Families and providers caring for medically complex patients share goals

1. In this qualitative, interview-based study, families’ priorities, preferences, and goals for transition of care were discussed. Interview themes were relatively consistent between parents and healthcare providers.

2. Consistent themes were seen among effective engagement with providers, respect for family discharge readiness, care coordination, timely discharge processes, pain and symptom control, self-efficacy to support recovery and ongoing child development, and normalization of routine.

Study Rundown: While children and adolescents with medical complexity (CMC) make up a small percentage of the general population, they account for a larger relative proportion of hospitalizations and healthcare resource utilization. This study identified the need to better facilitate hospital-to-home transitions of this population, as this time period is an established risk period for these patients. Little is known about the priorities and needs of the families caring for CMC, therefore the objectives of this study were to examine the scope of preferences, priorities, and goals of these parents to better understand their needs. Using semistructured interviews with families of hospitalized CMC and both inpatient and outpatient providers, themes surrounding 7 domains emerged. These domains included effective engagement with providers, respect for family discharge readiness, care coordination, timely discharge processes, pain and symptom control, self-efficacy to support recovery and ongoing child development, and normalization of routine. Perspectives of parents and providers were mostly consistent with each other, with all 7 domains emerging in analysis of both parties’ responses. Though completion at a single center limits generalizability, this study provides a foundation to understand the needs and goals of families heading toward hospital discharge.

Click to read the study published today in Pediatrics

Relevant Reading: The care transitions intervention: results of a randomized controlled trial

Study Author, Dr. JoAnna Leyenaar, MD, MPH, MSc, talks to 2 Minute Medicine: Division of Pediatric Hospital Medicine, Department of Pediatrics, Dartmouth-Hitchcock Medical Center, and The Dartmouth Institute for Health Policy and Clinical Practice, Lebanon, New Hampshire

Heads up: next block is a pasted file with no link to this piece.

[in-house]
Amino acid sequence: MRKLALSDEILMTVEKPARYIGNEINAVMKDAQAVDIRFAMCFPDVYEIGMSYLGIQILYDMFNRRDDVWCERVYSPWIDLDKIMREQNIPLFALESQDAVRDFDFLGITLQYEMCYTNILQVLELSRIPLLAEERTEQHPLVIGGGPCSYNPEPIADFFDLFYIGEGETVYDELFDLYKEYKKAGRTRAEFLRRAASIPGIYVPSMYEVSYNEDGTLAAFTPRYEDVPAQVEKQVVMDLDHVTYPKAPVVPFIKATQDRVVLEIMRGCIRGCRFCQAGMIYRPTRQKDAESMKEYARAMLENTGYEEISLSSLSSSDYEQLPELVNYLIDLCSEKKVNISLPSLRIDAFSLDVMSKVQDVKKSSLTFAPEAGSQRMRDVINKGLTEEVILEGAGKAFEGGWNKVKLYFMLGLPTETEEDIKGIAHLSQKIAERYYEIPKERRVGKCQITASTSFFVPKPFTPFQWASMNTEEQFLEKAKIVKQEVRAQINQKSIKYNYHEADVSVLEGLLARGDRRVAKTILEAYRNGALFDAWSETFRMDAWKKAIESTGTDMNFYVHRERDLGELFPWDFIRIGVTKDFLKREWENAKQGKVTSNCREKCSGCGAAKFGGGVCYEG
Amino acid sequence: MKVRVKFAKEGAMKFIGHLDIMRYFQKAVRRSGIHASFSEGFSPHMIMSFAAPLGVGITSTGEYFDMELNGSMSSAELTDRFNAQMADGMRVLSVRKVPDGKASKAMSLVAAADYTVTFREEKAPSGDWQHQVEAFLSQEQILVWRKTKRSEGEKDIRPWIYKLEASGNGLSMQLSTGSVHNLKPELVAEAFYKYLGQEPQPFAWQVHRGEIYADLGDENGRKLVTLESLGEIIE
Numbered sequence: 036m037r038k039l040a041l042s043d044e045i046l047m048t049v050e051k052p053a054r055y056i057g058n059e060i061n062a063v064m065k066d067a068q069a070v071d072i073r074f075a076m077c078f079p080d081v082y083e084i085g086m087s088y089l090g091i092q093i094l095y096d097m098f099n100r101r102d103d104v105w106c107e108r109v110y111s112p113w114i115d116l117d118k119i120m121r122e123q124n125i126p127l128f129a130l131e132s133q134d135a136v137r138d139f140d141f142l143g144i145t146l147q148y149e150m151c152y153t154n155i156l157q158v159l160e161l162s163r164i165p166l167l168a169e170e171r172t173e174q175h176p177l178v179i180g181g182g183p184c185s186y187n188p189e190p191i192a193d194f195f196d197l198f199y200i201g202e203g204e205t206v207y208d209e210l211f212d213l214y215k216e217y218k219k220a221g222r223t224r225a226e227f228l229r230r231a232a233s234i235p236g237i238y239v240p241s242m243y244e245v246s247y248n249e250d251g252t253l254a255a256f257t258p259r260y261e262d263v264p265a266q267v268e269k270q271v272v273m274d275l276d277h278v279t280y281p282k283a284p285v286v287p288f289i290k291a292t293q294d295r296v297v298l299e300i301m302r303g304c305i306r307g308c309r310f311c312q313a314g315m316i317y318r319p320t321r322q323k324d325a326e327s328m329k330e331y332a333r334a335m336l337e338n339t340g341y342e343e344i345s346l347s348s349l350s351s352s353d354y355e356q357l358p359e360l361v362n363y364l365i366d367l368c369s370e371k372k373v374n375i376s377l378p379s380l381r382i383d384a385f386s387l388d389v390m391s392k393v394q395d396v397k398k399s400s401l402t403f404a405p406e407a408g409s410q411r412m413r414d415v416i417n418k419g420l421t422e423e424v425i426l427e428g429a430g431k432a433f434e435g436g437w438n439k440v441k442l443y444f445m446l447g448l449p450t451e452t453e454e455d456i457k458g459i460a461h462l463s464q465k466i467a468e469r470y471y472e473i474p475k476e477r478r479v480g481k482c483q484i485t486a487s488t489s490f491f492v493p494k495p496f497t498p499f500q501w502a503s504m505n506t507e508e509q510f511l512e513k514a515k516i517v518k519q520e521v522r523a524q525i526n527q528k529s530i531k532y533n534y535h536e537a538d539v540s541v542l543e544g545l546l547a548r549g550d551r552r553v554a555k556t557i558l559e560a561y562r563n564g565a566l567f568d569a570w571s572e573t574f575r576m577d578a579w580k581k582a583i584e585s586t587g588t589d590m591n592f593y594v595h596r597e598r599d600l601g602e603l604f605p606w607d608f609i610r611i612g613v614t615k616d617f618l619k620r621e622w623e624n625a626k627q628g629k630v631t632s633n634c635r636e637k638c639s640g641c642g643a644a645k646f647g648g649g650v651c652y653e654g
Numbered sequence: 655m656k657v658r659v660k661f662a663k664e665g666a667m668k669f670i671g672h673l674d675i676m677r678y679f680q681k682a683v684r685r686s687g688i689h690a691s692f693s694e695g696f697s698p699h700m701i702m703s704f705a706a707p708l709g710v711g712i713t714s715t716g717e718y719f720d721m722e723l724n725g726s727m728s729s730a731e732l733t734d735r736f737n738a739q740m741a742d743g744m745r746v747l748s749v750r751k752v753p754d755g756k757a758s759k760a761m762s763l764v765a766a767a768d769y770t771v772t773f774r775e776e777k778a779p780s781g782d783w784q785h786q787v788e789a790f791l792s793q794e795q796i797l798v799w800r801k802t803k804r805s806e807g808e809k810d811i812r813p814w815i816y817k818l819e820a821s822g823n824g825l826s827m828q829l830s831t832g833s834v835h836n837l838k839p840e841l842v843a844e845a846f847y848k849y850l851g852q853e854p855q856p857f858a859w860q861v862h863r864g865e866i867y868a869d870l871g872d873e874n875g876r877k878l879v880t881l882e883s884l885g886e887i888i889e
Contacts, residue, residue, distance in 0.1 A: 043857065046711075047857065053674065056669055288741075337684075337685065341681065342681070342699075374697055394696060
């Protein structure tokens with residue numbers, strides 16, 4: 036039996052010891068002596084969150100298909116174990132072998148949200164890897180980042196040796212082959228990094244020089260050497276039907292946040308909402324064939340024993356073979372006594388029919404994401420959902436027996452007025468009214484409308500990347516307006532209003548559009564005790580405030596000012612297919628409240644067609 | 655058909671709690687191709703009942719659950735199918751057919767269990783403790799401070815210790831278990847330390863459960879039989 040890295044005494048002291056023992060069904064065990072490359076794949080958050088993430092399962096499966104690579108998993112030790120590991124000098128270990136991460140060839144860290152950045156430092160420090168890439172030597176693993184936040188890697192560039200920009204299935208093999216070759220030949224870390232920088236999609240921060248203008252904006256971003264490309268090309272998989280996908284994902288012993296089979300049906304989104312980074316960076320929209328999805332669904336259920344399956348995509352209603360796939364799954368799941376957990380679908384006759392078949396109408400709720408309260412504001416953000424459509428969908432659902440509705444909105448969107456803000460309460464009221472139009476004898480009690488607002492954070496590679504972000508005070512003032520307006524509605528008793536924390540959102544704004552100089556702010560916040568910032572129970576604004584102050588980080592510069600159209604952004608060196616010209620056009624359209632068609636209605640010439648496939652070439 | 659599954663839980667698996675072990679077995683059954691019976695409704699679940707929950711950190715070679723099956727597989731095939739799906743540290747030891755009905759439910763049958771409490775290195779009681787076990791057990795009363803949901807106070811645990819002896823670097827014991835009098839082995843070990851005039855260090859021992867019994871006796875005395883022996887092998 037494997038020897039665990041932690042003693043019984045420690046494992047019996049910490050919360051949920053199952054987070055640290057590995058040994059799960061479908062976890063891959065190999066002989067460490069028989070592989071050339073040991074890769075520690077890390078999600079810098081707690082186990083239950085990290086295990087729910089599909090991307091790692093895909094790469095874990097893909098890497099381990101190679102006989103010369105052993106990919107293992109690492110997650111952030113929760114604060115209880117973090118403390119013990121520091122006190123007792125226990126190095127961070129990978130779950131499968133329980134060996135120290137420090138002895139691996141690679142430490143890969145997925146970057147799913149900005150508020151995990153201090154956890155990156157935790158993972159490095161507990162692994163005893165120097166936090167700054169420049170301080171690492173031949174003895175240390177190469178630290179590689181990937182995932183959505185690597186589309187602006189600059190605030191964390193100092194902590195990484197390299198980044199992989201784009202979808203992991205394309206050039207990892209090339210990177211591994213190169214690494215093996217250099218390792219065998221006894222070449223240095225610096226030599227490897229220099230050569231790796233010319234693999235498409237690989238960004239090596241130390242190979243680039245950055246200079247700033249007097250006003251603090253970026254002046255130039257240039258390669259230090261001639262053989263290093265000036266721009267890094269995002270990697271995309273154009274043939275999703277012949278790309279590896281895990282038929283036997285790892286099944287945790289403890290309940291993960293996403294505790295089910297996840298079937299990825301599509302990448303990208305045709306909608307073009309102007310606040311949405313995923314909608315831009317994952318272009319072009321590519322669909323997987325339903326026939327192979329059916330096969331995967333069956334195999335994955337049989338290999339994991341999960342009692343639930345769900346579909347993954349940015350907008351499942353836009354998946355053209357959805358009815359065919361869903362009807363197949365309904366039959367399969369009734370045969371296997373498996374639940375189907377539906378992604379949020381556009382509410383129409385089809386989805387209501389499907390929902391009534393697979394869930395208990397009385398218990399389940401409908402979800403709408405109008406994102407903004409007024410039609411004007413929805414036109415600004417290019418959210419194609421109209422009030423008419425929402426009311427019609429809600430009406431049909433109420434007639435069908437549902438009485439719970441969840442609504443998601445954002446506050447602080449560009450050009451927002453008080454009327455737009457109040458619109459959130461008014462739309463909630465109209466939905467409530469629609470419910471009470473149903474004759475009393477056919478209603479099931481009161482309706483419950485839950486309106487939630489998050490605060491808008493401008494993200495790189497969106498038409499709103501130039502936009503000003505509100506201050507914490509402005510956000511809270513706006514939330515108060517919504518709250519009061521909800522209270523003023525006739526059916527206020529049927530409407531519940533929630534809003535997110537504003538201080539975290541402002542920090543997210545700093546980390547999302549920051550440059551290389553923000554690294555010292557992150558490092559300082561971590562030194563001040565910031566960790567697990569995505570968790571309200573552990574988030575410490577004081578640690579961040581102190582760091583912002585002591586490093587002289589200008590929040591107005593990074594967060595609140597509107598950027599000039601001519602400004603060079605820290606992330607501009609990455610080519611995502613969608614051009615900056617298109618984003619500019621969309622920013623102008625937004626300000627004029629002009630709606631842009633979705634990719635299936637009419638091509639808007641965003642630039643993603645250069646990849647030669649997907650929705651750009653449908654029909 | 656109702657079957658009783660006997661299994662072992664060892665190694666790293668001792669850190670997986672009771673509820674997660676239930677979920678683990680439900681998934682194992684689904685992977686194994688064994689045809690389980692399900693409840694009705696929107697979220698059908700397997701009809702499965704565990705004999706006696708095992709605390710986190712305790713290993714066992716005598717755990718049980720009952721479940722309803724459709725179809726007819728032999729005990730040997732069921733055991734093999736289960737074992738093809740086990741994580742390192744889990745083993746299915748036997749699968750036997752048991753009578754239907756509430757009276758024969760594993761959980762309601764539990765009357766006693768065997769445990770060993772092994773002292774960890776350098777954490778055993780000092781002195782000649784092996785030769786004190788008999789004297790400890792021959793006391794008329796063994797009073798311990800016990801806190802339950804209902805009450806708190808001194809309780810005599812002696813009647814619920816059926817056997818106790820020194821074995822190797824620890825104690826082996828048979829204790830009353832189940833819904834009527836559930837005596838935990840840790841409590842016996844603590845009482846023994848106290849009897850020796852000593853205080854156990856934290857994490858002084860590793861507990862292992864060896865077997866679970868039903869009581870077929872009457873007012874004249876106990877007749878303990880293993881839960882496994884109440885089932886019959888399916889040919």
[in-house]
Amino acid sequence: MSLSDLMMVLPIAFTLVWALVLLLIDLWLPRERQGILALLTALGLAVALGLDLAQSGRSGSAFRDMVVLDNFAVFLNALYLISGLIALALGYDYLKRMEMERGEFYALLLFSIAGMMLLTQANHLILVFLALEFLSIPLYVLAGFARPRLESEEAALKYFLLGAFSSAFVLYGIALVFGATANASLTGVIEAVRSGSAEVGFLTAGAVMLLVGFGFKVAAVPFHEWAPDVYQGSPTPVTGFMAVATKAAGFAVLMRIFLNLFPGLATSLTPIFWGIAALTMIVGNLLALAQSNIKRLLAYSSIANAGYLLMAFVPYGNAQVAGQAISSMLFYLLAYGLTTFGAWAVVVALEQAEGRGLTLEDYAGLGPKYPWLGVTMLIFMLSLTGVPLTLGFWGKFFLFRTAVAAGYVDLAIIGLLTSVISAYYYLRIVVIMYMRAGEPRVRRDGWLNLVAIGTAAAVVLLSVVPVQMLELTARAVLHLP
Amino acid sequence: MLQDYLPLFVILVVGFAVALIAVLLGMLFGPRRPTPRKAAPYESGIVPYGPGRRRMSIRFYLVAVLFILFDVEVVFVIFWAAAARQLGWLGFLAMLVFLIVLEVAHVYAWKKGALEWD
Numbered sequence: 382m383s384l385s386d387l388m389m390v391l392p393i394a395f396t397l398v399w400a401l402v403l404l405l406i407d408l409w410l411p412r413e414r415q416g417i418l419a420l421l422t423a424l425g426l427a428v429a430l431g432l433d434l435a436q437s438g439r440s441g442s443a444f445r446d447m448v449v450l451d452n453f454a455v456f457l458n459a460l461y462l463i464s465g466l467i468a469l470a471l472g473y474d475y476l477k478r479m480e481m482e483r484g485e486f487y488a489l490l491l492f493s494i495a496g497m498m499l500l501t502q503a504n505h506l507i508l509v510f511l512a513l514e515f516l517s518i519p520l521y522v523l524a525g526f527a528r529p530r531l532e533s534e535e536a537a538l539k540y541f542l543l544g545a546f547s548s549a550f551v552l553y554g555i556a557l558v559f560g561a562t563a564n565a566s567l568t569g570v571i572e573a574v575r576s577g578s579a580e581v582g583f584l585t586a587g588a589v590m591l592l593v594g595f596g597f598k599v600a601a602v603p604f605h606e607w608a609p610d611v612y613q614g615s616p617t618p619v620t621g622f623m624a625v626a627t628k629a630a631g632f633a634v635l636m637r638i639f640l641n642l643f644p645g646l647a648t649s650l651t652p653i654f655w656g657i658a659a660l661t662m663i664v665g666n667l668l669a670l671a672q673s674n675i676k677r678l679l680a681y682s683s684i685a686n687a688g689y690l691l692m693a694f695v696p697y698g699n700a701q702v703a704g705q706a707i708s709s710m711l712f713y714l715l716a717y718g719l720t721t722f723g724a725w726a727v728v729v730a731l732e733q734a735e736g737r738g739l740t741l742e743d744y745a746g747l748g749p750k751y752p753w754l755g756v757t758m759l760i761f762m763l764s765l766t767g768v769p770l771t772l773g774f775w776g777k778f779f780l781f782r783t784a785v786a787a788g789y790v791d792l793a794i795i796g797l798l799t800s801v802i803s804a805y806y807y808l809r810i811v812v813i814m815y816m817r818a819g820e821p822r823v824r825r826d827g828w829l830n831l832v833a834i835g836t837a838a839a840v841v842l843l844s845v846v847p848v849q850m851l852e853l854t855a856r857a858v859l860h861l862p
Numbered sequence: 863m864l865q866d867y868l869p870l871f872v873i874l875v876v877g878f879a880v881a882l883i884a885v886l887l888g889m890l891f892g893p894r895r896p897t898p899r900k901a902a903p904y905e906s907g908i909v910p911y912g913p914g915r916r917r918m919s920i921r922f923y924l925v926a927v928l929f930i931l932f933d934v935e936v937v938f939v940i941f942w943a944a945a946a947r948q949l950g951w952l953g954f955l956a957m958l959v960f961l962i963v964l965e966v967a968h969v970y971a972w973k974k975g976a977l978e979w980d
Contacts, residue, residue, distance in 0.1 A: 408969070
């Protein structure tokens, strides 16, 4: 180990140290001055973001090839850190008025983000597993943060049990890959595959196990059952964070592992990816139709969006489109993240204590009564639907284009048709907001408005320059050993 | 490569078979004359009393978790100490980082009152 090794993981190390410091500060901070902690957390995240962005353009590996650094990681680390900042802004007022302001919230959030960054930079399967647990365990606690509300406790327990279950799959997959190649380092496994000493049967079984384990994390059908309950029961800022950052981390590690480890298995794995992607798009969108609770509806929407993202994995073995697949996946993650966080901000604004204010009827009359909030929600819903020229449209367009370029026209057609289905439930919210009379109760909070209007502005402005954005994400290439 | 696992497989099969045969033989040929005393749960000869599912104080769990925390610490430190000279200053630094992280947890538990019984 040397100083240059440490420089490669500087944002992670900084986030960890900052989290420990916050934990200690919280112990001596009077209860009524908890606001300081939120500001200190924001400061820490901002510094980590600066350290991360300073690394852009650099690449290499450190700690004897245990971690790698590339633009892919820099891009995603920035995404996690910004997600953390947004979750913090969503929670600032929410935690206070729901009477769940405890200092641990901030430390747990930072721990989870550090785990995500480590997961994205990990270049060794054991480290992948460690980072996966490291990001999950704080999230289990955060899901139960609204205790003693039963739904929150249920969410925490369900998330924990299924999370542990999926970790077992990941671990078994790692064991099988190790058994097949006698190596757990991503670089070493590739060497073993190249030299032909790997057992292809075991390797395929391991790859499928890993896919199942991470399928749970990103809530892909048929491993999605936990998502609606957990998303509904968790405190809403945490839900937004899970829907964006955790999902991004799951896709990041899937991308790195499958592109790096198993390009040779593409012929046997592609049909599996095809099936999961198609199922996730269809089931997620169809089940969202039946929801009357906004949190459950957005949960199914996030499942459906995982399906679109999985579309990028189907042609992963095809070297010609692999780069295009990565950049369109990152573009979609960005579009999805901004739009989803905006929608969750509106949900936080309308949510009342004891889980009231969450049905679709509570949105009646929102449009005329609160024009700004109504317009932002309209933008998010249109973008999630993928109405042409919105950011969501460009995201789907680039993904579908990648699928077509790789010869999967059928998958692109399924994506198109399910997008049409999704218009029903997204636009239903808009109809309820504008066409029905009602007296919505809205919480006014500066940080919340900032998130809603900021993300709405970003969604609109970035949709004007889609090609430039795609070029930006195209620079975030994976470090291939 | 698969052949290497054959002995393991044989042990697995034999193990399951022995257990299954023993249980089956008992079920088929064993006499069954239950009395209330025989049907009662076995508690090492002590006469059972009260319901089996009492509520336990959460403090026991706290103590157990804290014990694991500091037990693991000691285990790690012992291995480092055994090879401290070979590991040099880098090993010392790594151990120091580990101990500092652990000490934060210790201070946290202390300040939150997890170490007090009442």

“In this study, parents of children with medical complexity emphasized how important many aspects of the hospital-to-home transition are to them, and they particularly emphasized how important it was to take into account their normal routines, both during the hospital stay and when planning for discharge.  The results of this study suggest that we have important work to do, both to support families’ routines as they come into the hospital, and to take them into consideration when they go home. ”

In-Depth [qualitative study]: In this study, semistructured interviews of 23 families of inpatient CMC from one tertiary care center were conducted from 2013-2014. In addition, 16 providers were surveyed, half of whom were primarily outpatient providers. Open coding was used to review transcripts of interviews, and themes across 7 domains emerged among both families and providers. Family priorities, goals, and preferences were largely aligned with those of providers. Within the domain of family engagement, themes included parental desire to advocate for their child, their role in medical decision-making and communication with the healthcare team. Providers agreed that family engagement was central to transition of care. Within the domain of respect of families’ discharge readiness, themes included varied readiness to discuss discharge, respect for families’ perspective and fear of readmission. Providers agreed that family perspective was critical in discharge preparation, but their opinions were inconsistently elicited. Within the care coordination prior to discharge domain, themes included transportation arrangement, medication and supply coordination, and post-discharge follow-up. Families felt that the most stressful experience was missing or having limited access to supplies and services after a hospital stay. Within the timely and efficient discharge domain, responses highlighted discharge time of day, and the process itself. Both families and providers agreed on the importance of a timely discharge earlier in the day, though both acknowledged that often this does not occur for various reasons. Within the domain of pain and symptom control, one major theme included symptom control en route home, as well as at home. Parents reinforced the importance of normalizing routine, and their ability to manage medical equipment and medications.

Image: PD

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